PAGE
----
06:54 GMT04 July 2020
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    On May 2, two planes owned by the airliners IndiGo and Air Deccan came very close to a mid-air collision, most likely due to a pilot error involving the violation of required separation limits between aircraft.

    According to NDTV, the incident occurred while IndiGo flight 6E892 was flying from the southern Indian city of Kolkata to the northern city of Agartala as Air Deccan flight DN602 was flying the reverse trip. The two planes passed only 700 meters from one another — that's practically rubbing elbows for jets going hundreds of miles per hour. 

    According to the IndiGo pilot, he was at the correct air level and was following standard operating procedures.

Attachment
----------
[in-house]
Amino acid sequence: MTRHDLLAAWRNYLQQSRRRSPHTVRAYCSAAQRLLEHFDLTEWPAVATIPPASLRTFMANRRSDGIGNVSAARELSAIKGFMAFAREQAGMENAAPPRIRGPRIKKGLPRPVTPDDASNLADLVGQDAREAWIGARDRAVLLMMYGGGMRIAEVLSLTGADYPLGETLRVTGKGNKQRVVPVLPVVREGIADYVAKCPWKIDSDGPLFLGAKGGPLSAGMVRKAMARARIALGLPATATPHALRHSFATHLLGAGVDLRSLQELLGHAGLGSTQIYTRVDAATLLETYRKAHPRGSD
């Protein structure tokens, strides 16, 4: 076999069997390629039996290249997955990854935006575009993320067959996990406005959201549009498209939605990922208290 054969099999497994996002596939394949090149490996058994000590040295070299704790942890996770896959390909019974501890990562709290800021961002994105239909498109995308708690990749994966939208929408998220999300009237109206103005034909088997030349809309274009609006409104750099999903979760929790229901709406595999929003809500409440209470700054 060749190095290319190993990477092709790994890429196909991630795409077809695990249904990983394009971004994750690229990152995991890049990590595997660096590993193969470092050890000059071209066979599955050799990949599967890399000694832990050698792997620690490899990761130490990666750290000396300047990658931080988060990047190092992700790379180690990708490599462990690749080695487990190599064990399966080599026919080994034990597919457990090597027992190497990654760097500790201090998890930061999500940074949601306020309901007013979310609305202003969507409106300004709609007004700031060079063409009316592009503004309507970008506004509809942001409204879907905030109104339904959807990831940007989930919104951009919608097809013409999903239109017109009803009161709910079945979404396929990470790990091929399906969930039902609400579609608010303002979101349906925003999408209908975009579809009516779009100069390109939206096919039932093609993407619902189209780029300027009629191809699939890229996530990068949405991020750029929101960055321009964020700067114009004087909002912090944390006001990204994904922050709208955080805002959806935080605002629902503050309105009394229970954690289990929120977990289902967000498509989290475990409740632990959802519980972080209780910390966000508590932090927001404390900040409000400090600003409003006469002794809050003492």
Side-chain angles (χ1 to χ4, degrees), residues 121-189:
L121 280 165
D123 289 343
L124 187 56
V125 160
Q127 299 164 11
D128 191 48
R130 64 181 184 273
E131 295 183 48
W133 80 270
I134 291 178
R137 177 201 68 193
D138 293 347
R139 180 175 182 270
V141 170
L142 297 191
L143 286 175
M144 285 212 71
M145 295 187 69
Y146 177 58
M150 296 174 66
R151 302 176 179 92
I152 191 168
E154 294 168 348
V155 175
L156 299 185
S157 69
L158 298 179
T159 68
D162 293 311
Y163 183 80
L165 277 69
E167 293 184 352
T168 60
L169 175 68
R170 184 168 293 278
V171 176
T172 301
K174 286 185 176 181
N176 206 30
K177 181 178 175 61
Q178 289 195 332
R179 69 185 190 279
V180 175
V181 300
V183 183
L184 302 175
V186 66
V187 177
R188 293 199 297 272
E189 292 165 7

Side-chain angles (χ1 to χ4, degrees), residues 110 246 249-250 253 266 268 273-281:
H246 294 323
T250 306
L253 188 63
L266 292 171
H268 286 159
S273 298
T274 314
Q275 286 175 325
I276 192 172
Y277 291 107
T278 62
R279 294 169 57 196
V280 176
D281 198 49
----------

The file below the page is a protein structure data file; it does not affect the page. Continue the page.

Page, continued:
"The Air Deccan flight DN 602 was on the descent to Agartala from 9,000 feet flight level, while the IndiGo flight 6E 892 was on the climb after taking off. It was, however, told to maintain 8,300 feet flight level, which triggered Traffic Collision Avoidance System (TCAS) and forced the two pilots to steer their planes to a safer distance," according to sources the Indian Aircraft Accident Investigation Bureau (AAIB).

    The Traffic Collision Avoidance System is onboard equipment that notifies pilots of other planes in close proximity to their aircraft and provides instructions, referred to as resolution advisory, on how to achieve the required separation between them.

    "IndiGo flight 6E-892 (CCU-IXA) operated by VT-IDQ aircraft was involved in resolution advisory incident with a non-scheduled operator on May 2 while descending for landing at Agartala," an IndiGo spokesperson said, the Times of India reported.

    The Indian Aircraft Accident Investigation Bureau is currently investigating the incident.


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